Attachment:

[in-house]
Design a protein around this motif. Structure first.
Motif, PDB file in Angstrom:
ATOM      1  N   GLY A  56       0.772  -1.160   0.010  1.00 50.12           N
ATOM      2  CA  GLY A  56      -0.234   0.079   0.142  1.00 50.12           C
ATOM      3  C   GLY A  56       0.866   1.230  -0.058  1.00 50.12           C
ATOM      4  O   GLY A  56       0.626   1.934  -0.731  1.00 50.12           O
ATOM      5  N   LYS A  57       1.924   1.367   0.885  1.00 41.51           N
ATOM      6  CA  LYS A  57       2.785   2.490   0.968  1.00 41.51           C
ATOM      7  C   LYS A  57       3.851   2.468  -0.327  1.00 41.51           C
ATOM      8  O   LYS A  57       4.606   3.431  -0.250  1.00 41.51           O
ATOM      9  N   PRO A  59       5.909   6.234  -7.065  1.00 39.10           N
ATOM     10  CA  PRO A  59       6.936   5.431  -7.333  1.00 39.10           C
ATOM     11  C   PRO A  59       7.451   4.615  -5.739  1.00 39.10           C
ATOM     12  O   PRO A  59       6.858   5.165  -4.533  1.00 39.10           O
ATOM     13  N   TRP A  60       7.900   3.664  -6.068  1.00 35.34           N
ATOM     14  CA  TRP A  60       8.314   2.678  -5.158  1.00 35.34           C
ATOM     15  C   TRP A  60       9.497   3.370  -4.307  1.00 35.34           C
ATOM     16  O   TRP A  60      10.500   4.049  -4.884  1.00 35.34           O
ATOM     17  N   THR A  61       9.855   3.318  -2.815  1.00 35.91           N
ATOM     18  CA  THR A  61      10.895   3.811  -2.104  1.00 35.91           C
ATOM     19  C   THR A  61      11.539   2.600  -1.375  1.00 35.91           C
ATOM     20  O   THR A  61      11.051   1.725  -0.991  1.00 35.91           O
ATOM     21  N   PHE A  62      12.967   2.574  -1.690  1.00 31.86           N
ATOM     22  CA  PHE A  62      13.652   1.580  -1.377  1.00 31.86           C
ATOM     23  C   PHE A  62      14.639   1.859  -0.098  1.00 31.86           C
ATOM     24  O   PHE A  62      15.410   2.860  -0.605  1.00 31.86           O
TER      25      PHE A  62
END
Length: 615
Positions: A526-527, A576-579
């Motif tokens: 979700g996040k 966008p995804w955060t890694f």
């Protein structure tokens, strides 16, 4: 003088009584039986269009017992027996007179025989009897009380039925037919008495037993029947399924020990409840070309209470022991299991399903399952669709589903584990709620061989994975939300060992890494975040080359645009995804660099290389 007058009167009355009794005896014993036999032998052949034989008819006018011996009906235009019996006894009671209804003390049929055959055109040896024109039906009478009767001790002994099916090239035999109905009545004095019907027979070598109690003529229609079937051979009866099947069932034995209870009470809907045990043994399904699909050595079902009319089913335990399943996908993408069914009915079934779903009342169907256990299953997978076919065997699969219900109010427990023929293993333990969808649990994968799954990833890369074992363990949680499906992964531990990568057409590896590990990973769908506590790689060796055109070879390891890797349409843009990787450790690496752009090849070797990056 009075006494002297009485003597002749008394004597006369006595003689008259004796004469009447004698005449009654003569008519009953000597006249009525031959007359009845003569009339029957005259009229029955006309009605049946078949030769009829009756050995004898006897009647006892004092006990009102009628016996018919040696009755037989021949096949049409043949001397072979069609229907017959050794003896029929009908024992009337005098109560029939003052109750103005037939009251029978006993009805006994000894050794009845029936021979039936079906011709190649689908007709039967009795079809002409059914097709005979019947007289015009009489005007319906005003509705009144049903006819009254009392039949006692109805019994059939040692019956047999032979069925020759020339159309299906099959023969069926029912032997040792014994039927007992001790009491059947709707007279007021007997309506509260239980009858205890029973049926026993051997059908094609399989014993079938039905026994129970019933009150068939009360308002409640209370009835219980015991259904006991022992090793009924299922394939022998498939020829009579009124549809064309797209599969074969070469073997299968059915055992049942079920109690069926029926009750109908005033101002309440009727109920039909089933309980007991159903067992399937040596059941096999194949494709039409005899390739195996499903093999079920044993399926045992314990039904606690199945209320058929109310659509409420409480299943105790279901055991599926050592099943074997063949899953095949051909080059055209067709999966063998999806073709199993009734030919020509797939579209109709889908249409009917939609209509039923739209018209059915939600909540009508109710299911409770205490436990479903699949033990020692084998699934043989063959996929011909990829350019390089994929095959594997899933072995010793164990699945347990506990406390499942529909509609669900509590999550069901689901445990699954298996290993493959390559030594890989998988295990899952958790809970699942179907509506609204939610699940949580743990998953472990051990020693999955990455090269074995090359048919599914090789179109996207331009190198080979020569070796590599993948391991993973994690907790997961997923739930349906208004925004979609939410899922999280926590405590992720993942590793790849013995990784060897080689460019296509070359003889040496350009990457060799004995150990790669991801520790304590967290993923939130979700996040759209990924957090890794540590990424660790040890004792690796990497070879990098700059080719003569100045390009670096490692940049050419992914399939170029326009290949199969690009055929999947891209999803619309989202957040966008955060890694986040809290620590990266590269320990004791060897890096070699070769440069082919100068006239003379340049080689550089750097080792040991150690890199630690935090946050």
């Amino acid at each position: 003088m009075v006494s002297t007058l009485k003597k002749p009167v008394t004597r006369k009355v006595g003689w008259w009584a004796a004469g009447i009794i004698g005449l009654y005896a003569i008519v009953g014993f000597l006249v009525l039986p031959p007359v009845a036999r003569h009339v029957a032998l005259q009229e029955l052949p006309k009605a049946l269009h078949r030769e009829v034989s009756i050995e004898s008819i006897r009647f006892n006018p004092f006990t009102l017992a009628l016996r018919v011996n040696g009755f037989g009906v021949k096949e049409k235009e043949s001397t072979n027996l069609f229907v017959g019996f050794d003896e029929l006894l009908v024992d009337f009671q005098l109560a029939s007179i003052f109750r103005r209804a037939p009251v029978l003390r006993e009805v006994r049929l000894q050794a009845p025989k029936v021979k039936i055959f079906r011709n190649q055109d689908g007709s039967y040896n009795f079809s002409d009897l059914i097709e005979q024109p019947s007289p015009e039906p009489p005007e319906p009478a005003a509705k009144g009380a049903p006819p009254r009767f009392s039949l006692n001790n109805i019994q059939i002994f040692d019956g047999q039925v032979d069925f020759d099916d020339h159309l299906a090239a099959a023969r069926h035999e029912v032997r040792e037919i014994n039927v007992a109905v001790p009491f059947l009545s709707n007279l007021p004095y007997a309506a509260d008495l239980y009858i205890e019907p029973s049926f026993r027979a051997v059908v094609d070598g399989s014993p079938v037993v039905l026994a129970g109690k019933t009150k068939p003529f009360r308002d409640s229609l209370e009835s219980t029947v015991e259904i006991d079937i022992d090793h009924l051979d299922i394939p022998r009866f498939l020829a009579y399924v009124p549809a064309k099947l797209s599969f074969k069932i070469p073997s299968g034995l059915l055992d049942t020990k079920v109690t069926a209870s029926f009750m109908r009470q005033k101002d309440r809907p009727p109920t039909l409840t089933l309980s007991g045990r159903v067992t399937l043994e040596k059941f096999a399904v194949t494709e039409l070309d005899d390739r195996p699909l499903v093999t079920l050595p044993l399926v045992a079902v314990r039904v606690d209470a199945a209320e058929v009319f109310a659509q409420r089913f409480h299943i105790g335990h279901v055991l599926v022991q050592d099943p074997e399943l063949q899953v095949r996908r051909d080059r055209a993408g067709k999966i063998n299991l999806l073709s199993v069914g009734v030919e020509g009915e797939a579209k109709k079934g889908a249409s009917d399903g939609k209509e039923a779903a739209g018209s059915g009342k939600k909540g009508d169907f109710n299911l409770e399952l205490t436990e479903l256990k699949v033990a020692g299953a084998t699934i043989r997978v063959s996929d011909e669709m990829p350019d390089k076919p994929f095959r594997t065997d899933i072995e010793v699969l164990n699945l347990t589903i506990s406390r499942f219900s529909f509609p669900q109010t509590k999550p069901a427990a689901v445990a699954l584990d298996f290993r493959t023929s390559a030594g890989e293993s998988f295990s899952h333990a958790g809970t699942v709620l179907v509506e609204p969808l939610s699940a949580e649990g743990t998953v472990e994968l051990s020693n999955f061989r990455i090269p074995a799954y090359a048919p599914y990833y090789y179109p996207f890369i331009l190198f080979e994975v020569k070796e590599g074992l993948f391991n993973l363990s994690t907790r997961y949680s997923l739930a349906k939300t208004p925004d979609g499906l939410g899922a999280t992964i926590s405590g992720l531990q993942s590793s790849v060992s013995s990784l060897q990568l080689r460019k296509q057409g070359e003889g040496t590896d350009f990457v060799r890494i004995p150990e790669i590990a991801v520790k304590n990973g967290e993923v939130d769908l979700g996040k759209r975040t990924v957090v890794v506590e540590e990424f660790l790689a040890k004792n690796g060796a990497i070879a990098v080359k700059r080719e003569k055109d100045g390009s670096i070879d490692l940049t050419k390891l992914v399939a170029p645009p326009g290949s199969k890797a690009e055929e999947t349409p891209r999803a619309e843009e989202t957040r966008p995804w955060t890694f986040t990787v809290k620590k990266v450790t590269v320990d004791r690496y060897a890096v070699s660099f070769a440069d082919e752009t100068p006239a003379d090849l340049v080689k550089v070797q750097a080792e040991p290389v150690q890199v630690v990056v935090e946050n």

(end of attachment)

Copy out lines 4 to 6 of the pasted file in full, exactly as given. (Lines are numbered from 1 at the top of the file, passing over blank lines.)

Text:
ATOM      1  N   GLY A  56       0.772  -1.160   0.010  1.00 50.12           N
ATOM      2  CA  GLY A  56      -0.234   0.079   0.142  1.00 50.12           C
ATOM      3  C   GLY A  56       0.866   1.230  -0.058  1.00 50.12           C